Shanghai's most literary locales
Holy Trinity Cathedral
During the days of the international settlement, British novelist J.G. Ballard attended the prestigious boys’ school affiliated with this church. The historic red brick site may be where Ballard gained some of his inspiration for "Empire of the Sun," says Derek Sandhaus, chief editor at Earnshaw Books. “It’s an autobiographical work, but the character in the book isn’t called J.G.,” Sandhaus explains.
The book, which later became a Steven Spielberg movie, follows Ballard’s coming of age in Shanghai’s colonial era, followed by his internment during the Japanese invasion.
Corner of Jiujiang Lu and Jiangxi Lu, 九江路和江西路
Writer Eileen Chang of “Lust, Caution” fame once lived in this art deco apartment building near Jing’an Temple. In room 65, she wrote a series of novels including “Love in a Fallen City” and “Record of a Golden Yoke.” She also worked from a cafe in the lobby, now called Colorful Cafe, which displays Chang’s works and plays old Shanghai music.
Today, the book-lined cafe attracts Chang
fans such as Kelly Ye, 20, a Shanghai resident who recently made a
pilgrimage to honor her favorite writer. “Eileen Chang represents
Shanghai,” Ye says. “Plus, this is a good place to come with friends
for a coffee.”
195 Changde Lu, near Yuyuan Lu 常德路195号, 近豫园路 +86 21 6249 9006
British journalist Ralph Shaw, the author of “Sin City,” is just one of the many writers who passed through the former headquarters of this English-language newspaper. “In the pre-PRC days, it was probably the most important English language newspaper in China,” Sandhaus says.
Shaw wrote “Sin City” based on his coverage of Shanghai for the newspaper, as well as his experience as a Japanese prisoner of war. The newspaper moved into its Bund headquarters in 1924 and stayed there until closing in 1951.
17 on the Bund, 中山东一路17号/外滩17号
Former Foreigner YMCA building
“I like to see places I’ve read about in books,” says Tina Kanagaratnam, an organizer of the Shanghai International Literary Festival. Every time Kanagaratnam goes past the old YMCA building on Nanjing Lu, her thoughts turn to the Nien Cheng’s autobiography “Life and Death in Shanghai.” In the book, the daughter allegedly commits suicide by jumping from the building’s windowsill, but her mother later questions the claim realizing there wasn’t enough room on the ledge to stand. “Every time I go by, I can’t help but look up at the window and think about that moment,” Kanagaratnam says.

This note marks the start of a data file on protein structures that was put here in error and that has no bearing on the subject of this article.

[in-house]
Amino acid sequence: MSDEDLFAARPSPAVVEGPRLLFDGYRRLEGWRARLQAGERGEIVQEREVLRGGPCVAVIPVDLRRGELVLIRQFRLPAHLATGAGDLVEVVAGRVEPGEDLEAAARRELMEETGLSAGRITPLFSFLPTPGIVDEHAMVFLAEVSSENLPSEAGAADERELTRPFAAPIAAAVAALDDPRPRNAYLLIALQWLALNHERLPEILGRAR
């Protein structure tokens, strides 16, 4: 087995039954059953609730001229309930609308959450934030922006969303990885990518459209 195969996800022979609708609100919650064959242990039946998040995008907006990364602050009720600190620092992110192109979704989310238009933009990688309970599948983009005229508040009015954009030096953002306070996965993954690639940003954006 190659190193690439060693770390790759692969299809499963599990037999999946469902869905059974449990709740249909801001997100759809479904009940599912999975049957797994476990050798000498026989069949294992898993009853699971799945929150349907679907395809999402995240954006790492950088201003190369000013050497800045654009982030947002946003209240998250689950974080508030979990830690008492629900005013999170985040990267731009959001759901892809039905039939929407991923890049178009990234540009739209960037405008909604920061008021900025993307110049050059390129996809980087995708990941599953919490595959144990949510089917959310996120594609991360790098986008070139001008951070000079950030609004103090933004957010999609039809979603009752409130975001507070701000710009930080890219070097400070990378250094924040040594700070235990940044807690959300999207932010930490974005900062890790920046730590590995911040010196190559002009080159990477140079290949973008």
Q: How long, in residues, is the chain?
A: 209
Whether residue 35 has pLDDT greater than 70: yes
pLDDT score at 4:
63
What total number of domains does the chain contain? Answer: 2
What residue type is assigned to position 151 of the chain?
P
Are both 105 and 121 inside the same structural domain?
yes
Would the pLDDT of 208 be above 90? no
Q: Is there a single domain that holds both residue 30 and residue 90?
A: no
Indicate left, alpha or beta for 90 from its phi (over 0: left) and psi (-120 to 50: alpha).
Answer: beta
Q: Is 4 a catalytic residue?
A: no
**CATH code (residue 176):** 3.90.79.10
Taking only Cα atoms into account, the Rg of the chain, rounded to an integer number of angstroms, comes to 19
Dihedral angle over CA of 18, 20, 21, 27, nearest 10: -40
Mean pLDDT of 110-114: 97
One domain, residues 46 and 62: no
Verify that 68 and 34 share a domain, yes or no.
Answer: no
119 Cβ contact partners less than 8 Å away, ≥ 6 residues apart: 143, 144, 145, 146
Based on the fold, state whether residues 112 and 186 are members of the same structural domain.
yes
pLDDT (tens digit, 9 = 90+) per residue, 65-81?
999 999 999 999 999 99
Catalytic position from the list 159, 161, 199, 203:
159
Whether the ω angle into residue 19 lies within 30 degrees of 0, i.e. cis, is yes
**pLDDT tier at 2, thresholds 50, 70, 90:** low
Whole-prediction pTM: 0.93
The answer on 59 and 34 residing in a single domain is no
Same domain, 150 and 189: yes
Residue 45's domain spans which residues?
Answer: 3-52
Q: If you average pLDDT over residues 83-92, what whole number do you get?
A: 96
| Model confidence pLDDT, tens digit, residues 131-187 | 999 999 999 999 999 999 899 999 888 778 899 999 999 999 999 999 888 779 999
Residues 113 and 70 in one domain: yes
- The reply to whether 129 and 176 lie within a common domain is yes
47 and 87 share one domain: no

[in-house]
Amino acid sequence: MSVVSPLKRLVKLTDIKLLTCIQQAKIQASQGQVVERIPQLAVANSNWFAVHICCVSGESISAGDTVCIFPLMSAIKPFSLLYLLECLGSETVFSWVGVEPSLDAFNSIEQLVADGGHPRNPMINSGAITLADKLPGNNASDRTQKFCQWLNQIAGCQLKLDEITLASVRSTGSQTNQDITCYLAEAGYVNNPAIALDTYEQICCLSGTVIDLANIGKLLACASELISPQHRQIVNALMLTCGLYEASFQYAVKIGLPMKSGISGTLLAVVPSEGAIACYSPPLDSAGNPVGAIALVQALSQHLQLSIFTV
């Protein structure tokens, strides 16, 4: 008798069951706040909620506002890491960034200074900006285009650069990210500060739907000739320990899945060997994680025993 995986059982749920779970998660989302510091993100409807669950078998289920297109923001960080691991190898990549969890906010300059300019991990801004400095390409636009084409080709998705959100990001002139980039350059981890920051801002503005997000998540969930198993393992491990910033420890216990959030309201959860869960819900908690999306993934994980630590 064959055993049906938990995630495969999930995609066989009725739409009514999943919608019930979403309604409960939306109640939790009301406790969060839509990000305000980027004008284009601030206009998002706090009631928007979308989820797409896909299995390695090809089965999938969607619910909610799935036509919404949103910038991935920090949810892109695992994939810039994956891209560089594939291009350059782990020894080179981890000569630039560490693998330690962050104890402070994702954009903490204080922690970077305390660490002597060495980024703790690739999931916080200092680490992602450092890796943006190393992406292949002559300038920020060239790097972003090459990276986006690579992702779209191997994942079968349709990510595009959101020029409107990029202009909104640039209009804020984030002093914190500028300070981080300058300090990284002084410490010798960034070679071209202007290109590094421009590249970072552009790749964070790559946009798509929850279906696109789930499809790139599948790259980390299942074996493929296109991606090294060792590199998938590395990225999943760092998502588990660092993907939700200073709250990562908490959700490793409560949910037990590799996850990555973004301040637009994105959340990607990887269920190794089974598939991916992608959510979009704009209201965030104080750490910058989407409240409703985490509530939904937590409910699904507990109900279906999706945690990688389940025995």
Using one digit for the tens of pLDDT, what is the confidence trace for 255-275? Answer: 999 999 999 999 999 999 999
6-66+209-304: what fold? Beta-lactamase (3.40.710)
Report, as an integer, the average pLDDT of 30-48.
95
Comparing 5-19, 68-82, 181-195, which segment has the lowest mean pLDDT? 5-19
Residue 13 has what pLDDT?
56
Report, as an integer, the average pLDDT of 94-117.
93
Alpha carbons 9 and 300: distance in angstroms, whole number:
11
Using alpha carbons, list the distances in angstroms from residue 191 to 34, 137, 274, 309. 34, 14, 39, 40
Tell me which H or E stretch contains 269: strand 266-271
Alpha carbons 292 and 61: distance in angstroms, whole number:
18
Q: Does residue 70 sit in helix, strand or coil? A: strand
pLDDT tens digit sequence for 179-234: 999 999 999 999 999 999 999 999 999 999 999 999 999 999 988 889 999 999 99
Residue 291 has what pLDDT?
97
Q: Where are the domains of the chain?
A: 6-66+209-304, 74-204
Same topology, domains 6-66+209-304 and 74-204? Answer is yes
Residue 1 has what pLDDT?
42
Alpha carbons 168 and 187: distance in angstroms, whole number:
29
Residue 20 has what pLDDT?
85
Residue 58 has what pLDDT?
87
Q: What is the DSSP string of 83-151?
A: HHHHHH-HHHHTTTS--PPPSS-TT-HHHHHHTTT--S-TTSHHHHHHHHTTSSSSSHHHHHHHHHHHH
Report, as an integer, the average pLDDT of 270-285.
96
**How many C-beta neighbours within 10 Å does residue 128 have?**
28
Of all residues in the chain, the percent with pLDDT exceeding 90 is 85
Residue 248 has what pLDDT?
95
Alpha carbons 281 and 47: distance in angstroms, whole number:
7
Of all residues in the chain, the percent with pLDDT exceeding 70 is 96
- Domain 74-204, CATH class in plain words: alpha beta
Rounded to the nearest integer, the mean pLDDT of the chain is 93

150 Nanjing Xi Lu, near People’s Square 南京西路150号, 近人民广场
This swatch of green near the North Bund appears in many of the popular Inspector Chen detective novels. Author Qiu Xiaolong, who grew up in Shanghai, features the city prominently in his works, and Huangpu Park is a popular backdrop.
In “A Loyal Character Dancer,” for example, the park is the site of several killings that Chen must investigate. “The park frequently comes in and out of his novels,” says Kanagaratnam. “It’s easy for me to picture when I’m reading because the Huangpu Park is somewhere I’ve been to a lot.”
North Bund, overlooking Huangpu River
Click here for more article on the Shanghai International Listerary Festival; here for more articles on historic Shanghai.